Robert Campin (c. 1375 - 26 April 1444), now usually identified as the artist known as the Master of Flemalle, is usually considered the first great master of Flemish and Early Netherlandish painting. This had been a matter of controversy for decades; Campin's life is relatively well documented for the period, but no works in assessable condition could be securely connected with him, whilst a corpus of work had been attached to the unidentified "Master of Flemalle", named after the supposed origin of a work. Campin seems to have had relatives in Valenciennes. He first appears as settled in Tournai from the archives of 1405-6, as a free master of the guild of painters, and he bought citizenship in 1410, which suggests he was not born there. He eventually attained the office of dean of the guild, and wardenship of a church and other civic offices, and was running a large workshop. By 1432, however, he lost his civic positions because of scandals, and probably his role in political disturbances in the city. In 1429 he was found guilty of withholding evidence, and sentenced to go on a pilgrimage, and in 1432 was convicted of adultery and banished for a year. Margaret of Burgundy, wife of the Count of Holland and sister of John the Fearless, Duke of Burgundy intervened on his behalf, and this was reduced to a fine. The dated Werl Altarpiece (1438) shows he continued to work (the two outer wings are in the Prado; the main panel is lost).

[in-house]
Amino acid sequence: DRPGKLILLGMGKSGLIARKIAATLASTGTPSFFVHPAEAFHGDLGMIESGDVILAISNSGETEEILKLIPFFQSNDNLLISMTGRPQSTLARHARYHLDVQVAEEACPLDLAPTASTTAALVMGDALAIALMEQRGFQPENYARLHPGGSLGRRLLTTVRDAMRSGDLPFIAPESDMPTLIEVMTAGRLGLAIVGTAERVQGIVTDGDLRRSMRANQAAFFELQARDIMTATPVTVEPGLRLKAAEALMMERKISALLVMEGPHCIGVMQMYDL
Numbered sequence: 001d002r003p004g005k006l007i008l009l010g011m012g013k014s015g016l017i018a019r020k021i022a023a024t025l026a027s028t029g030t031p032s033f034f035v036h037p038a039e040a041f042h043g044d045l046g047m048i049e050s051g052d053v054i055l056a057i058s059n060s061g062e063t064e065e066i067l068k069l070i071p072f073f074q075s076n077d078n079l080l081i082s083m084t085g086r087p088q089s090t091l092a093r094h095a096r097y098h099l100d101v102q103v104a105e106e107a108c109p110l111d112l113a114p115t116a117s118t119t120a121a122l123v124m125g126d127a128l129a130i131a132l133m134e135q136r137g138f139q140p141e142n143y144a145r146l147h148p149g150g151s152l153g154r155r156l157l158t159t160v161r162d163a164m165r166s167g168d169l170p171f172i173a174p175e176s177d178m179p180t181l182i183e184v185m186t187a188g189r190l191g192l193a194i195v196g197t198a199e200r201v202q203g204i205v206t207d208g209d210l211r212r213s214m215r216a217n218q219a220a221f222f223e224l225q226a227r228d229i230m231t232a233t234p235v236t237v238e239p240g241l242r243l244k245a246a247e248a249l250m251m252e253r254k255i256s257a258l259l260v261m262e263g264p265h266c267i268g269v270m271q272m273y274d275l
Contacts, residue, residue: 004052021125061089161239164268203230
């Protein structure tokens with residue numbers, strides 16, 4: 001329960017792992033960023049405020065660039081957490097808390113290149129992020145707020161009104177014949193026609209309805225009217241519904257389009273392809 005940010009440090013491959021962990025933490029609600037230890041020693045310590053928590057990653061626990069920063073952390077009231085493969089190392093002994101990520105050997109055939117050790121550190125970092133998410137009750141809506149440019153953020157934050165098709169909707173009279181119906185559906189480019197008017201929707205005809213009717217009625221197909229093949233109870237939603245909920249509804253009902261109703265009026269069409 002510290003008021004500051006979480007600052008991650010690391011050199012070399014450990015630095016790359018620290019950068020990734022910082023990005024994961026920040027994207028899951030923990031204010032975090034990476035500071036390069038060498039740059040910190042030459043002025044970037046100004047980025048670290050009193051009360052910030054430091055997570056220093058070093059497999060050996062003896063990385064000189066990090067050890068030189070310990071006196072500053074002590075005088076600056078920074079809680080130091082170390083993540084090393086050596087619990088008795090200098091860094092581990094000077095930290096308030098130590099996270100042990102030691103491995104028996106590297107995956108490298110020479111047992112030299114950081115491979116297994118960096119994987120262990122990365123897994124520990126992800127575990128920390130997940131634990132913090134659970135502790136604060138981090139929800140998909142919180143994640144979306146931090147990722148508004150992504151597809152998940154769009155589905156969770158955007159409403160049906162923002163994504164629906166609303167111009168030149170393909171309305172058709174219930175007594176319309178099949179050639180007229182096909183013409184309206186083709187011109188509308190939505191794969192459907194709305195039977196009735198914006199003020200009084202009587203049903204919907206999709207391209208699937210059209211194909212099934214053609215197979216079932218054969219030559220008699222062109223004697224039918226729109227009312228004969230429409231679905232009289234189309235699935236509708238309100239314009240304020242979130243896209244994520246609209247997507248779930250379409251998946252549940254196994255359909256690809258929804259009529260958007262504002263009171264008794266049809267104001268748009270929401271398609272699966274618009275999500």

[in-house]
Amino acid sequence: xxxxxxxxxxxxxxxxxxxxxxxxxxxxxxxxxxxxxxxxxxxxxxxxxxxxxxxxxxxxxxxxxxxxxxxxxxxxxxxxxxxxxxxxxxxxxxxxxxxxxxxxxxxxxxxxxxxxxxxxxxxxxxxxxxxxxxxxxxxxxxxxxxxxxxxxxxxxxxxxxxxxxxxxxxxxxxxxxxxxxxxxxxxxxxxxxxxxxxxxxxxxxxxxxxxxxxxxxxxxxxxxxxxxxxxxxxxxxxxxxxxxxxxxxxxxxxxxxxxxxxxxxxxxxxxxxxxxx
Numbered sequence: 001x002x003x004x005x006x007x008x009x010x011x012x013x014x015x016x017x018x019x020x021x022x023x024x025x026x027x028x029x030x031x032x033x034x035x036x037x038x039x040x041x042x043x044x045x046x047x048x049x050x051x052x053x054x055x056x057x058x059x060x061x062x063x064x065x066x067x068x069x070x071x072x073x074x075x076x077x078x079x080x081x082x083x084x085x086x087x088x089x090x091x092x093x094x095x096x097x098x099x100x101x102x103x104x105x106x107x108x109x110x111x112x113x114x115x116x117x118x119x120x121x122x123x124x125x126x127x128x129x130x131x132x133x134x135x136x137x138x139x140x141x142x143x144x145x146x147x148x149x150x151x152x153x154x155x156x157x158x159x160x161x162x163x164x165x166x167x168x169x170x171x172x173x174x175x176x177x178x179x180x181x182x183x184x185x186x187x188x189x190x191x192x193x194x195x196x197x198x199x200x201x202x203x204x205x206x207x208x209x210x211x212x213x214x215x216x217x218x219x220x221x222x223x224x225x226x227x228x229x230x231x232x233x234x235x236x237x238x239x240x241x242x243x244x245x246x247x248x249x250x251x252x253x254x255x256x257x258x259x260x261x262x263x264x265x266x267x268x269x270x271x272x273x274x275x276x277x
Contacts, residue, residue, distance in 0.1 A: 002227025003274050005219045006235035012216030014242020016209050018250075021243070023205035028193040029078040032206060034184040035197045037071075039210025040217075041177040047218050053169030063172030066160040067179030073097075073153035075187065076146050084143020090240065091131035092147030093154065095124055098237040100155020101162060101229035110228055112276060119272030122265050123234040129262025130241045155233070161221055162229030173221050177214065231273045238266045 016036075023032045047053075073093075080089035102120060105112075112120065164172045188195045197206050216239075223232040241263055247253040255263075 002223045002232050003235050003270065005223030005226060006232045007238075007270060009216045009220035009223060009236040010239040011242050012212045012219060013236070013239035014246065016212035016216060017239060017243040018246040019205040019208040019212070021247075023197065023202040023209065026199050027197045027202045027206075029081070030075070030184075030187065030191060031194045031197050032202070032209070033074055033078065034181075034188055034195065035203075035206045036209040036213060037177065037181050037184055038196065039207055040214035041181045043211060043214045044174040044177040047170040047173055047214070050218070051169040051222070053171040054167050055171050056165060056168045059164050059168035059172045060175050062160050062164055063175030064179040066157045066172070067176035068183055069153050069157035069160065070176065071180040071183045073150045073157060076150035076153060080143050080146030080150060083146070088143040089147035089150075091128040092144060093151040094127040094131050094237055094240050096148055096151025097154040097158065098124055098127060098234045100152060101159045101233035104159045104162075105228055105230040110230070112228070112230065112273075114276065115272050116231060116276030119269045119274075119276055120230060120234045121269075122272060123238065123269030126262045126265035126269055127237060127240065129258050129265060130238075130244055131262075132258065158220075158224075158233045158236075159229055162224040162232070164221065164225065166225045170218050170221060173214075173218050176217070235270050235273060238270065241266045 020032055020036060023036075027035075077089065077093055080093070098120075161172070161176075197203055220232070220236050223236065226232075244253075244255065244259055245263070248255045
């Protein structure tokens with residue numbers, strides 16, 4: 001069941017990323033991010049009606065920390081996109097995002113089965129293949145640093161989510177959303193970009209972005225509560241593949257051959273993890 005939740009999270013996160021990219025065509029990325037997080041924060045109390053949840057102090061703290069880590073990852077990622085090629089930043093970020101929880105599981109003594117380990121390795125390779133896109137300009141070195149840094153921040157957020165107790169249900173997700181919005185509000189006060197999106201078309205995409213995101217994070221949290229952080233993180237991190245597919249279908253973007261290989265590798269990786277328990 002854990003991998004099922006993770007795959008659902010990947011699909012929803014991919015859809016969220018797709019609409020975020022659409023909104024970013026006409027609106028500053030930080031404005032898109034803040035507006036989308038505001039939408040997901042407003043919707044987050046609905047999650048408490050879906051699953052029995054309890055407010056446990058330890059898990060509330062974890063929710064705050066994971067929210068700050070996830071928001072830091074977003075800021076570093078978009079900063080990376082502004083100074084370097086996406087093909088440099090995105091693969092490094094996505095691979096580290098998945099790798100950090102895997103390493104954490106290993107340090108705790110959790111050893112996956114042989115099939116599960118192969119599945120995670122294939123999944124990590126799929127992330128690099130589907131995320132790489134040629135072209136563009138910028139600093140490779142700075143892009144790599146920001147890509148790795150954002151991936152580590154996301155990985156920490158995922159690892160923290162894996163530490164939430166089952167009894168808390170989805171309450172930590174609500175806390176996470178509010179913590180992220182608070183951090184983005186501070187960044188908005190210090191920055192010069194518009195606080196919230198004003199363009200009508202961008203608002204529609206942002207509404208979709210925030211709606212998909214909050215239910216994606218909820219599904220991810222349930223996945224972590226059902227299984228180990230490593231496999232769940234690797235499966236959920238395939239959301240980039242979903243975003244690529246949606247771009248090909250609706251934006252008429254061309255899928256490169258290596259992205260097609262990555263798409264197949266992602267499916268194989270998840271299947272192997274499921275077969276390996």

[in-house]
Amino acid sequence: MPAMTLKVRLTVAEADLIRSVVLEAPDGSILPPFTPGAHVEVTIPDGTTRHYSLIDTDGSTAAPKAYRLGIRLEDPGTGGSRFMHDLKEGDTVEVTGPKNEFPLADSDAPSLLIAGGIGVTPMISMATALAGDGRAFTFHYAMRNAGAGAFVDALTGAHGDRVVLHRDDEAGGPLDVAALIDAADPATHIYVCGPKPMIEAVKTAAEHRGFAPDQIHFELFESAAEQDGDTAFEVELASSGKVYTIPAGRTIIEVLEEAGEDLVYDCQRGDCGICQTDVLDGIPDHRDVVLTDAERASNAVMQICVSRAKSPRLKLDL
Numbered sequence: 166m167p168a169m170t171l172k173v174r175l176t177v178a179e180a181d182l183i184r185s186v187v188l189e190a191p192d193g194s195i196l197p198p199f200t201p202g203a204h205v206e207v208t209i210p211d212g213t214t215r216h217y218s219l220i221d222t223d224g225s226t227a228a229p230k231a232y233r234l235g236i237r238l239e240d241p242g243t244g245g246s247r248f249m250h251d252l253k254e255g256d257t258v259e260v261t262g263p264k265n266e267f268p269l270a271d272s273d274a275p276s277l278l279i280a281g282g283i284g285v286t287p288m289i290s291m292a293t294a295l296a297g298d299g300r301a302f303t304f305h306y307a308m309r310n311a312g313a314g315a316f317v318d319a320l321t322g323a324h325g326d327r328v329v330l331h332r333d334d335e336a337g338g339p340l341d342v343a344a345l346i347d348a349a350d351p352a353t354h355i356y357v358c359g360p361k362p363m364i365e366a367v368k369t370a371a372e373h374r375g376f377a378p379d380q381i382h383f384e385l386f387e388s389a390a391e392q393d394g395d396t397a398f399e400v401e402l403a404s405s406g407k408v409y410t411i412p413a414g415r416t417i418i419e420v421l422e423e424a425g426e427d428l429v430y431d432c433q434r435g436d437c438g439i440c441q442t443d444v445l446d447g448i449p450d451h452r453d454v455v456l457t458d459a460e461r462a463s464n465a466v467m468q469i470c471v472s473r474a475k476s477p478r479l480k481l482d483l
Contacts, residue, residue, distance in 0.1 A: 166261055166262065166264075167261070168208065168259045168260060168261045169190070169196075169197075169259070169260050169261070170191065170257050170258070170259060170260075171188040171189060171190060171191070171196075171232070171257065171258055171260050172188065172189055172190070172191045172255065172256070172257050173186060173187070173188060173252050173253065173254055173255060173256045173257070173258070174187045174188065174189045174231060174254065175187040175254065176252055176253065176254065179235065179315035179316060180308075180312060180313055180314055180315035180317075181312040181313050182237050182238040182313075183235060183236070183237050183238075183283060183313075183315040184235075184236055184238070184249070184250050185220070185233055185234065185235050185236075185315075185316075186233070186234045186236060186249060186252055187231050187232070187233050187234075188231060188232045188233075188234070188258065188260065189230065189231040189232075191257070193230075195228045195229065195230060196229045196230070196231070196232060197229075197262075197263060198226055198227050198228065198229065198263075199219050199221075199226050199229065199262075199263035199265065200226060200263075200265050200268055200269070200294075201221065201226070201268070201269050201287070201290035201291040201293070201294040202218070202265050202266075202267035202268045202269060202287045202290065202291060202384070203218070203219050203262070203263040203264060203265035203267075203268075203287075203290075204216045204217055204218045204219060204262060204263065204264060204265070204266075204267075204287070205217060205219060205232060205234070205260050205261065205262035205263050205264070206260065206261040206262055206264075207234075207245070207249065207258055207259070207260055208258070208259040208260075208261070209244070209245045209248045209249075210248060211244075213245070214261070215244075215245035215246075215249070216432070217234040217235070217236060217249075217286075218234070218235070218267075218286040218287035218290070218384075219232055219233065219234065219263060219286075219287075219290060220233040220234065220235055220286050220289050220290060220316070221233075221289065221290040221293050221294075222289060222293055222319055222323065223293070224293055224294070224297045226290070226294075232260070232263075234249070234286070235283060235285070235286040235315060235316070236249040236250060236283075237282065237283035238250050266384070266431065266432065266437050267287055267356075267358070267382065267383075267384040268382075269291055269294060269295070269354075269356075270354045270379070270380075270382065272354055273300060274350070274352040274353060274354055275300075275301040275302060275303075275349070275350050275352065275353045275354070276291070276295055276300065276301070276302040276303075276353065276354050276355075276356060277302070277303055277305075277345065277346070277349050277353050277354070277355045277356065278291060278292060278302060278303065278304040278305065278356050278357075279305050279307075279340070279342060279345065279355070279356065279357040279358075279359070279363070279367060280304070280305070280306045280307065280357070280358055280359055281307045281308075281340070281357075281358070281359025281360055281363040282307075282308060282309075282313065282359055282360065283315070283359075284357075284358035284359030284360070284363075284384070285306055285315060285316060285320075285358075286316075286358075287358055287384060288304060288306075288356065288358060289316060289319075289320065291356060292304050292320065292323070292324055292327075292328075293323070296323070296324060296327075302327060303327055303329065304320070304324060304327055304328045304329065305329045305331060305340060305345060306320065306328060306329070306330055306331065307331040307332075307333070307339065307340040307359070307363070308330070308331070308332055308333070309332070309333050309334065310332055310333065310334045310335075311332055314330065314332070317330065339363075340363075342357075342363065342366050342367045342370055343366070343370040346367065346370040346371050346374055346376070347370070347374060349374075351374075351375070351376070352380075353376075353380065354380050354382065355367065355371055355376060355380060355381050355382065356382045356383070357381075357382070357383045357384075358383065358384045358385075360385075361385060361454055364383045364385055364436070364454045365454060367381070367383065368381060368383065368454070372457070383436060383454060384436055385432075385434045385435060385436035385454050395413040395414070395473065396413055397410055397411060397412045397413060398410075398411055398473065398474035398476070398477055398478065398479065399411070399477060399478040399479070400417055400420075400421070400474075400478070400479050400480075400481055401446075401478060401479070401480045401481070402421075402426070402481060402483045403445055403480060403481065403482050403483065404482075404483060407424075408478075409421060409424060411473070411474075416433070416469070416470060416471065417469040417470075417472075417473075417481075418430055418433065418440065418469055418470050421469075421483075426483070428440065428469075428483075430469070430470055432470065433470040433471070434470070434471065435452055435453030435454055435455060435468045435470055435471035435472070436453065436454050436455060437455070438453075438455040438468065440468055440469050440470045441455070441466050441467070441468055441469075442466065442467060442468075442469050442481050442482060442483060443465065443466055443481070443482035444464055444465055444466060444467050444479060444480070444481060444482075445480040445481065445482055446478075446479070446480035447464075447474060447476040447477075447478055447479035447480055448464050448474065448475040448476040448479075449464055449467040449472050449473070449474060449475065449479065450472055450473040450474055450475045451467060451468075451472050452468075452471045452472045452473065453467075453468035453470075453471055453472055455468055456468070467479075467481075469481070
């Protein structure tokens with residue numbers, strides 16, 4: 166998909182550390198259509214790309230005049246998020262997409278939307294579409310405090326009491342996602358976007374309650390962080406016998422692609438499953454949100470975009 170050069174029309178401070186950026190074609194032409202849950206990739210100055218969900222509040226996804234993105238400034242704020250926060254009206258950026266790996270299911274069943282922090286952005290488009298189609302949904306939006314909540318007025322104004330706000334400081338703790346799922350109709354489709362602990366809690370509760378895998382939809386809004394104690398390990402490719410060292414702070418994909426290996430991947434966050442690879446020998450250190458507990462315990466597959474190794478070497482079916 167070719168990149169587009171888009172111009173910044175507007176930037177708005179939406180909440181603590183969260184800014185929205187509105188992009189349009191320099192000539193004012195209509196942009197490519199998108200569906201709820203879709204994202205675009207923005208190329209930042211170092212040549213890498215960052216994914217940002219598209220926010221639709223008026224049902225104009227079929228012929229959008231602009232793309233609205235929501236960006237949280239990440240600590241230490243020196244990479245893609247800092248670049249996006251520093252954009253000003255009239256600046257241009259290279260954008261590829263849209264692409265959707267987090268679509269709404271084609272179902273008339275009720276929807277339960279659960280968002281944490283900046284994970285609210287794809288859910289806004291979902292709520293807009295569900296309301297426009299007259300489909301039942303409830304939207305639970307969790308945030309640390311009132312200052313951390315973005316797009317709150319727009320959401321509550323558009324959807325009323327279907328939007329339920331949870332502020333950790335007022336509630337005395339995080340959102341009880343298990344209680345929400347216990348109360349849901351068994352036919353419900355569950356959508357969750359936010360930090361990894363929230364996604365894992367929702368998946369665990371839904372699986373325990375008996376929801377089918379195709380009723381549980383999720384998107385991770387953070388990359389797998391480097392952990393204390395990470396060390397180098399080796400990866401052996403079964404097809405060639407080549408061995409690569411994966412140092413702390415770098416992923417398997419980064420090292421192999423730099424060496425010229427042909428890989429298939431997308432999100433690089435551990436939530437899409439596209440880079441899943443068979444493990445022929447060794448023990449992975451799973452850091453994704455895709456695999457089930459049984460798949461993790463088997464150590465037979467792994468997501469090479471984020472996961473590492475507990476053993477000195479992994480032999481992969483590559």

MASTER of Female Half-length MASTER of Female Half-length
Dutch painter (active 1530-1540)
MASTER of Budapest MASTER of Budapest
Spanish painter active c. 1500 in Castile
Master of Avila Master of Avila
15 Master of Avila Nativity 1474-76 Oil on wood Museo Lezaro Galdiano, Madrid This is the finest work of the master, it forms part of a triptych as the central panel. The left panel was the Annunciation to the Shepherds while the right panel represented the Annunciation to the Magi. The composition follows the example of Gallego's paintings and the use of the cool colors
Master of Ab Monogram Master of Ab Monogram
MASTER of AB Monogram. German painter (active 1530s in Saxony
Master John Master John
(floruit 1544-1545)
Master Francke Master Francke